There’s been a lot of talk lately in swedish media about the security of smart phones. This news report (in swedish) by the swedish public service TV station SVT shows how easy it is to hack into your iPhone and do all kinds of weird stuff, such as recording audio using the phone’s microphone or sending an SMS.

Following that report the well known swedish Android site Swedroid published an interview (also in swedish) about the security of Android. This post is written in response to that interview.
Read more »

Linux on the BeagleBoard, Part 1 – Introduction

This entry is part of 1 in the series Linux on the BeagleBoard

Running Linux on the BeagleBoard is fairly simple. There are tons of images floating around with all kinds of Linux installations. However, if you are like me, you will at some point want to know how it all works, and build your own system from scratch. Doing so might seem hard to begin with, but it’s actually quite simple.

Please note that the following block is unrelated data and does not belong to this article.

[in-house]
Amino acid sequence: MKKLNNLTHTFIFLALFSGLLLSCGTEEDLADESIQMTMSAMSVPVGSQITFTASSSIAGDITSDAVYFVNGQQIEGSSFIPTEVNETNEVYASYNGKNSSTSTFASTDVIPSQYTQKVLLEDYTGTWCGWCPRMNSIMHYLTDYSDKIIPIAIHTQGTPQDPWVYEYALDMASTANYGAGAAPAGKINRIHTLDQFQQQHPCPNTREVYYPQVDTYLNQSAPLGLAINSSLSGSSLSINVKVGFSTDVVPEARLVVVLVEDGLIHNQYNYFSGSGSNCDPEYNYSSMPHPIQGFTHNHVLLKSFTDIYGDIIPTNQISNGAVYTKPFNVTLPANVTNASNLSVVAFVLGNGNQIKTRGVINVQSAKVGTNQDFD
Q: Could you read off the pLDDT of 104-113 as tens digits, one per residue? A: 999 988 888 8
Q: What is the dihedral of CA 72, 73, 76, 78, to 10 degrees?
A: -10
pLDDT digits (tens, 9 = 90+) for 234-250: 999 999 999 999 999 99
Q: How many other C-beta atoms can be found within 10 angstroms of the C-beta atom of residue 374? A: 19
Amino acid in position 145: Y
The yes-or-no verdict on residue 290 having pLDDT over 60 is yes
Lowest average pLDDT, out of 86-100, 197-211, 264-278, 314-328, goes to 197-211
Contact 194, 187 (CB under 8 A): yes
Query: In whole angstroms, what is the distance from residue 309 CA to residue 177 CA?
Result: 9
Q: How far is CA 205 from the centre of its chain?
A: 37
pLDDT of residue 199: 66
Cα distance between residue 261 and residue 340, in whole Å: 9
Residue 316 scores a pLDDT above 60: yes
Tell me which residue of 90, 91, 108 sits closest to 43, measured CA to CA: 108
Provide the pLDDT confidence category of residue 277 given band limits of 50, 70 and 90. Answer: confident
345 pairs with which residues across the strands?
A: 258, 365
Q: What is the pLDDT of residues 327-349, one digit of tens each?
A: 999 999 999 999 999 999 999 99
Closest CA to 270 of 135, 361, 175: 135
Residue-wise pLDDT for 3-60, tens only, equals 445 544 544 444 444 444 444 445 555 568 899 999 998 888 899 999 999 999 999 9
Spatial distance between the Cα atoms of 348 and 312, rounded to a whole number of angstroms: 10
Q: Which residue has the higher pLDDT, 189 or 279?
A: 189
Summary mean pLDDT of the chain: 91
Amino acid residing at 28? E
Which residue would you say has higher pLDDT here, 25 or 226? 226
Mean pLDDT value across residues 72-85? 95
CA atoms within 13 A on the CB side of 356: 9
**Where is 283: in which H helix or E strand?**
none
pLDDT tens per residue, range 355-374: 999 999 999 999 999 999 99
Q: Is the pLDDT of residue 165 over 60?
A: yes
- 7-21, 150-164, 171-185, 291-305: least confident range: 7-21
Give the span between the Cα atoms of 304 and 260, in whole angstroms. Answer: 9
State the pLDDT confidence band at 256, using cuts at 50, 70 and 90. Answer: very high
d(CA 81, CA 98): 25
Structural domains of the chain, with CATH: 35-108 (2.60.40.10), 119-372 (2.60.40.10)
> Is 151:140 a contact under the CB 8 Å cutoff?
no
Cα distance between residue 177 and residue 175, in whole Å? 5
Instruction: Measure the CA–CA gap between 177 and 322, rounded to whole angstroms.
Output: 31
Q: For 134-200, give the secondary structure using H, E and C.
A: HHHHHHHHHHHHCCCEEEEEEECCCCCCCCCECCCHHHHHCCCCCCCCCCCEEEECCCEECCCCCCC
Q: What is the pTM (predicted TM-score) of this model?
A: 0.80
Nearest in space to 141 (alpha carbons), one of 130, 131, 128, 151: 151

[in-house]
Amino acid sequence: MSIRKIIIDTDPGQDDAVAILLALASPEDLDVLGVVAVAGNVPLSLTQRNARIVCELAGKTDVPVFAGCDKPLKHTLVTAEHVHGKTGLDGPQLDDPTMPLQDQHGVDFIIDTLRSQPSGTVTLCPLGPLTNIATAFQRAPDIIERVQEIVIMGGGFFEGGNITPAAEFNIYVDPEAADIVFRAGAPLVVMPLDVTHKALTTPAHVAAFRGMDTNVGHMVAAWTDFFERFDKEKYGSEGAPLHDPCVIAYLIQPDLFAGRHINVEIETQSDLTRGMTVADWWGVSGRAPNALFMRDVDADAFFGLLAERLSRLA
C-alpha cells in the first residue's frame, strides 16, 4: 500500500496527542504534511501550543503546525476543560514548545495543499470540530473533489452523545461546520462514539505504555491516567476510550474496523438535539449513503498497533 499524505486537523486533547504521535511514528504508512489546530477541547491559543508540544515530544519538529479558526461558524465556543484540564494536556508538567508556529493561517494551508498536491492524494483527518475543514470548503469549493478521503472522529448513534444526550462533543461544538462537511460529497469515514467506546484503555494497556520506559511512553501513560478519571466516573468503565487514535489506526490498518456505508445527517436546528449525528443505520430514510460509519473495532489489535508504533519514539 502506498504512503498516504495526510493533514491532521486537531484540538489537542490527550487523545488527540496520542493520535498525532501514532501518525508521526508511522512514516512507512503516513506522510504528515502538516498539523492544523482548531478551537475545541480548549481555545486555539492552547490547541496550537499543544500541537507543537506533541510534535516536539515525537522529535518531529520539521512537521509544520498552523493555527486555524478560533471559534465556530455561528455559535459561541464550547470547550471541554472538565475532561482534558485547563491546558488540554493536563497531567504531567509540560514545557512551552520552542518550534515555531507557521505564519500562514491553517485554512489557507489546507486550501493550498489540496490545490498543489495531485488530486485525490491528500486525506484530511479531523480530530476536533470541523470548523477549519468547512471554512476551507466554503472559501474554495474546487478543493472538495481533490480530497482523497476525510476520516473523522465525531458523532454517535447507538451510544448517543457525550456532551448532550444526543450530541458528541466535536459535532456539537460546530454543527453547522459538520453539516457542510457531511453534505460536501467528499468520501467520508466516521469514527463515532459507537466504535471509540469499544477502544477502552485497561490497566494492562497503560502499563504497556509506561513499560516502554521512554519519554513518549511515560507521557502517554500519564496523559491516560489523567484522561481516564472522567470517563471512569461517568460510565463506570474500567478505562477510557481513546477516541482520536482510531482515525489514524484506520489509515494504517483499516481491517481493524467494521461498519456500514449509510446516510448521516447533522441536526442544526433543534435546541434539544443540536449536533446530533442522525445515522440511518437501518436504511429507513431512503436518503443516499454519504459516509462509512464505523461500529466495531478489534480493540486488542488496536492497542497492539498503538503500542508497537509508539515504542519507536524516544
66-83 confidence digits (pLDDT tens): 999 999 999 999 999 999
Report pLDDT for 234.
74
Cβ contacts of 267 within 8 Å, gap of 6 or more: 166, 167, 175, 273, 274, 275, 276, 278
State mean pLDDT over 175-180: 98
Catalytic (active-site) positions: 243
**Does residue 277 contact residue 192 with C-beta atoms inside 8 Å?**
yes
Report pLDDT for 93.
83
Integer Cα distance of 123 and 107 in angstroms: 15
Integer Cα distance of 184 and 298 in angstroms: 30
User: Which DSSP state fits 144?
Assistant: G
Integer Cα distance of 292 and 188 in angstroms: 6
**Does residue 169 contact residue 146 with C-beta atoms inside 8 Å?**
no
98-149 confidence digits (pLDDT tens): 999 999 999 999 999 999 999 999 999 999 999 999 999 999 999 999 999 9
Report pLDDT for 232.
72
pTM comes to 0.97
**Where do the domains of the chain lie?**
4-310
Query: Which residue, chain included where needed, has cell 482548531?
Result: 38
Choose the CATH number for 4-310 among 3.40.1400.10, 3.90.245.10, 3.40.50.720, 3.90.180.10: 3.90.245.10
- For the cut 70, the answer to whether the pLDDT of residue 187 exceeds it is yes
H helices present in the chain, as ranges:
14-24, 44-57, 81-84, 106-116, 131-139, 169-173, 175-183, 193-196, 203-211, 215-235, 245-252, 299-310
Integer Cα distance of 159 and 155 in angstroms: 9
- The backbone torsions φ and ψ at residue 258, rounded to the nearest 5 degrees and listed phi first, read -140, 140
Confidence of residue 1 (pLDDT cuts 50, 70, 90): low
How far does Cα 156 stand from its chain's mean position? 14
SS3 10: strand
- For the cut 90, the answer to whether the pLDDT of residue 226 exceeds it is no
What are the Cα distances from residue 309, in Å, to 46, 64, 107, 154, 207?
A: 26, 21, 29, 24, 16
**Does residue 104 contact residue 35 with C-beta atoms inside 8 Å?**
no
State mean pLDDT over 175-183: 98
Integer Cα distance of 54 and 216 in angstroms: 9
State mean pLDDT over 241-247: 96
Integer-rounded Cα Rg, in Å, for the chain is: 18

In this article series I will try to guide you through all the steps you need to take to get a basic Linux system up and running on the BeagleBoard. I will start by explaining how to build your toolchain, then move on to building the Linux kernel itself, and finally demonstrate how to build a filesystem containing applications which run on top of that Linux kernel.

To follow this series, you need to have some basic understanding of Linux and how to use the shell. You do not, however, have to be some kind of Linux guru!